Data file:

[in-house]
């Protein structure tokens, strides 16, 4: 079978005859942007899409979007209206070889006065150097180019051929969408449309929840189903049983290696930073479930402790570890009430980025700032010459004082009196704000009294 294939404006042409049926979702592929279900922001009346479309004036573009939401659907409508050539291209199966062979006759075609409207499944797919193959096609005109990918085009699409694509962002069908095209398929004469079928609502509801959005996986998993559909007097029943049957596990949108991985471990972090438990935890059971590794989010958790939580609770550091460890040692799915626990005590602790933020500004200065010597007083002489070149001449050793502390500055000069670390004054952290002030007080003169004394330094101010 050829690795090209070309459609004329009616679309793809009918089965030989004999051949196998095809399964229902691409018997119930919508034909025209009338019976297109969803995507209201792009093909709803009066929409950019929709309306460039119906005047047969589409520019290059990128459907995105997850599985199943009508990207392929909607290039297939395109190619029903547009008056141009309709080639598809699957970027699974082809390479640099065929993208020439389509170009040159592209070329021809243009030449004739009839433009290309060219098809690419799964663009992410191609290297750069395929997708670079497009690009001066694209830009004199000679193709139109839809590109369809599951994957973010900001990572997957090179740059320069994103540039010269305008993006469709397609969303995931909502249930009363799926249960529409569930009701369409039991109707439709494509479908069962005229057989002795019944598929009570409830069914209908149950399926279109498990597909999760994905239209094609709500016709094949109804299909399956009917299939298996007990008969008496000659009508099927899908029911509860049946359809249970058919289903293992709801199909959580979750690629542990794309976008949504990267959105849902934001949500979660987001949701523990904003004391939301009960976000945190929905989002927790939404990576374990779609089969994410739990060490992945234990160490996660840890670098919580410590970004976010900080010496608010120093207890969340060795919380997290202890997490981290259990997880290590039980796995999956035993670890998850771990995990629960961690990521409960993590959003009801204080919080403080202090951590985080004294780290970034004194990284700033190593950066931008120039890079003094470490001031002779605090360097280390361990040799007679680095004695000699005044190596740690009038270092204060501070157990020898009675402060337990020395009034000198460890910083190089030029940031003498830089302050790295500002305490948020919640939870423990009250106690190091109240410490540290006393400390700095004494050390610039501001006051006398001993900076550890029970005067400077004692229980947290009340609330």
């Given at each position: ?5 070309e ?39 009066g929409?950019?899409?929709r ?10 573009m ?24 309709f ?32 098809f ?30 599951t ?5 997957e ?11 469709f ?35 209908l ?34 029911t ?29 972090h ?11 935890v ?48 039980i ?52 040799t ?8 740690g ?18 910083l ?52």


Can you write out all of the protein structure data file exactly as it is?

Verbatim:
[in-house]
């Protein structure tokens, strides 16, 4: 079978005859942007899409979007209206070889006065150097180019051929969408449309929840189903049983290696930073479930402790570890009430980025700032010459004082009196704000009294 294939404006042409049926979702592929279900922001009346479309004036573009939401659907409508050539291209199966062979006759075609409207499944797919193959096609005109990918085009699409694509962002069908095209398929004469079928609502509801959005996986998993559909007097029943049957596990949108991985471990972090438990935890059971590794989010958790939580609770550091460890040692799915626990005590602790933020500004200065010597007083002489070149001449050793502390500055000069670390004054952290002030007080003169004394330094101010 050829690795090209070309459609004329009616679309793809009918089965030989004999051949196998095809399964229902691409018997119930919508034909025209009338019976297109969803995507209201792009093909709803009066929409950019929709309306460039119906005047047969589409520019290059990128459907995105997850599985199943009508990207392929909607290039297939395109190619029903547009008056141009309709080639598809699957970027699974082809390479640099065929993208020439389509170009040159592209070329021809243009030449004739009839433009290309060219098809690419799964663009992410191609290297750069395929997708670079497009690009001066694209830009004199000679193709139109839809590109369809599951994957973010900001990572997957090179740059320069994103540039010269305008993006469709397609969303995931909502249930009363799926249960529409569930009701369409039991109707439709494509479908069962005229057989002795019944598929009570409830069914209908149950399926279109498990597909999760994905239209094609709500016709094949109804299909399956009917299939298996007990008969008496000659009508099927899908029911509860049946359809249970058919289903293992709801199909959580979750690629542990794309976008949504990267959105849902934001949500979660987001949701523990904003004391939301009960976000945190929905989002927790939404990576374990779609089969994410739990060490992945234990160490996660840890670098919580410590970004976010900080010496608010120093207890969340060795919380997290202890997490981290259990997880290590039980796995999956035993670890998850771990995990629960961690990521409960993590959003009801204080919080403080202090951590985080004294780290970034004194990284700033190593950066931008120039890079003094470490001031002779605090360097280390361990040799007679680095004695000699005044190596740690009038270092204060501070157990020898009675402060337990020395009034000198460890910083190089030029940031003498830089302050790295500002305490948020919640939870423990009250106690190091109240410490540290006393400390700095004494050390610039501001006051006398001993900076550890029970005067400077004692229980947290009340609330």
């Given at each position: ?5 070309e ?39 009066g929409?950019?899409?929709r ?10 573009m ?24 309709f ?32 098809f ?30 599951t ?5 997957e ?11 469709f ?35 209908l ?34 029911t ?29 972090h ?11 935890v ?48 039980i ?52 040799t ?8 740690g ?18 910083l ?52």